The background to Restructuring Plans
When the UK Government announced a package of measures to support businesses during the pandemic, they included a new restructuring tool – the restructuring plan (or RP) under Part 26A of the Companies Act 2006.
The RP is a very powerful restructuring tool. Principally because it allows a compromise to be imposed against the wishes of dissenting classes of creditors provided that at least 75% by value of one class with a genuine economic interest has approved the RP and all dissenting classes receive more under the RP than in the "relevant alternative" (which will generally be an administration or liquidation).
Distressed companies and their stakeholders have in recent months been pushing the boundaries of RPs. The English Court decided in May this year that cramming down classes of creditors (in that case landlords) who have overwhelmingly voted against an RP is principally a question of valuation1. This in many ways offers less protection to junior creditors than previously indicated and confirms that RPs are likely to become the tool of choice to restructure complex businesses of scale.
HoldCo financing structures have become increasingly prevalent in the capital stack over the past decade with many equity investors, in particular on infrastructure transactions, using HoldCo facilities to fund acquisitions or recycle equity investments. Institutional investors and other lenders with higher risk appetites are equally increasingly writing HoldCo loans to achieve higher returns in a competitive and liquid market.
HoldCo lenders are structurally subordinated to the creditors of the underlying OpCos and do not benefit from asset level security. They are entirely reliant on cashflows being upstreamed by the OpCos and security over the shares in the OpCo or its shareholder. A HoldCo financing is completely separate to the underlying OpCo senior financing and there is no intercreditor agreement between the two sets of lenders.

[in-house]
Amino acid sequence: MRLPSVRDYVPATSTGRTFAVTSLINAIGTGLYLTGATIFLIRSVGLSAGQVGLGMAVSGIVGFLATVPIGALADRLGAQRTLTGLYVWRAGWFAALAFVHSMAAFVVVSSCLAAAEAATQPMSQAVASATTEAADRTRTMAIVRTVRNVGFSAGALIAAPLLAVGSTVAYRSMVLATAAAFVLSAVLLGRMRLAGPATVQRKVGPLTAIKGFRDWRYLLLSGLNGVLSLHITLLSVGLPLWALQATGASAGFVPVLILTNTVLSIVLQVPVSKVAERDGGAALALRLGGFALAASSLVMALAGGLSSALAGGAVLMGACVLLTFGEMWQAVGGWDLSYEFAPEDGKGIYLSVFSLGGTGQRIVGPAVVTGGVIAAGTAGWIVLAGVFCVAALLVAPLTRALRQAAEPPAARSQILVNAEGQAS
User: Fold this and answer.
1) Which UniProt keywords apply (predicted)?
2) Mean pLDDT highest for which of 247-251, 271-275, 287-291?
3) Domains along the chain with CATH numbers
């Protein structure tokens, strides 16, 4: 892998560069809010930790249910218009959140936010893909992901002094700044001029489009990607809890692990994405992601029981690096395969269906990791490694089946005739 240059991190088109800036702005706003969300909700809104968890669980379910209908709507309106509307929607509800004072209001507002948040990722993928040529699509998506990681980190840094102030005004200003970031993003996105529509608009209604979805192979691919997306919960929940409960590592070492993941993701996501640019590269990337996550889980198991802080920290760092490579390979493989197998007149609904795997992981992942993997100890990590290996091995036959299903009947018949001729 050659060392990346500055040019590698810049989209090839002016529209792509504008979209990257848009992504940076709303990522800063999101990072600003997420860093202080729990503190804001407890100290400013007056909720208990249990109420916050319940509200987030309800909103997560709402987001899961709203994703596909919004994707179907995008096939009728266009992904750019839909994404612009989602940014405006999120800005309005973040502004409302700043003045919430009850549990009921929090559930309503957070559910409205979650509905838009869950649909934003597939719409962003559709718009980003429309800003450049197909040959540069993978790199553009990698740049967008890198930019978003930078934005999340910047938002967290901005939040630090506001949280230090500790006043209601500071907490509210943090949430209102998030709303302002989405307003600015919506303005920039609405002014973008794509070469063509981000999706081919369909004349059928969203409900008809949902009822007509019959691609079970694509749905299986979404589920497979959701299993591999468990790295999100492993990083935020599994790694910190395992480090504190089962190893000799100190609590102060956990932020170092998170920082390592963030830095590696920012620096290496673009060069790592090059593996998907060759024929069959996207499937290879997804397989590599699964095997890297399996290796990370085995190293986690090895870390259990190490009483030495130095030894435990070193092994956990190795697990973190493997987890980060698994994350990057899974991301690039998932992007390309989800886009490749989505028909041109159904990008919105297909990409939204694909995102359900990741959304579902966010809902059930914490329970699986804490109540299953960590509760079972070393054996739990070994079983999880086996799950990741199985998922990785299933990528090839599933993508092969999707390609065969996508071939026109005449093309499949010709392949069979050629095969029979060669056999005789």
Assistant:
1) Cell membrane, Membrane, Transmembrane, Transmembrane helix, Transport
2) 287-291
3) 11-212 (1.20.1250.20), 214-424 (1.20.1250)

Consequences of an OpCo RP for HoldCo Financing
While HoldCo lenders already appreciate and factor in the risk of enforcement action by the OpCo senior lenders, RPs add another tool for distressed companies. Crucially, the evidential standard required to satisfy the English Court as to the value of the business may fall short of contractual protections negotiated in intercreditor agreements (such as fairness opinions, a public marketing process or an administrator being satisfied proper value has been obtained).
Among other outcomes, an RP proposed at the OpCo level could result in the issue of shares to a new party (possibly the original sponsor) and the dilution of the existing shareholders' interests (and thus the interest of the HoldCo lender). One RP has already been proposed along these lines (seeking to issue bondholders with 95% of the equity in an operating business). Whilst this RP was rejected by the Court for reasons specific to its particular facts, it shows that RPs are capable of being used to issue new shares on a non-pre-emptive basis and potentially disenfranchising Holdco lenders.2
While this development is unlikely to curb lender and sponsor appetite for HoldCo financings in the current market, HoldCo lenders and their credit committees may wish to consider the additional risk (and opportunity) posed by RPs. In distressed scenarios going forward HoldCo lenders are likely to want to guard against the risk that a strong sponsor seeks, through an RP, to do a deal with the OpCo financiers that dilutes HoldCo rights. While HoldCo lenders may in these circumstances already have a seat at the table as a result of an event of default, timing and the ability to act quickly will be a key issue. The timeline for an RP can be as short as six to eight weeks and so HoldCo lenders may need to make accelerated decisions in respect of the enforcement of security and any other rights or otherwise any proposal to participate in the provision of additional capital.
RPs are likely to be an attractive way of restructuring complex transactions going forward. HoldCo lenders should ensure that they have appropriate covenants (in particular information covenants) to give them timely notice of any circumstances which may lead to an RP and that they are also prepared internally in terms of understanding the RP process and being in a position to make accelerated decisions should the timeline require.
1 Re Virgin Active Holdings Limited  EWHC 1246. See our more detailed briefing here.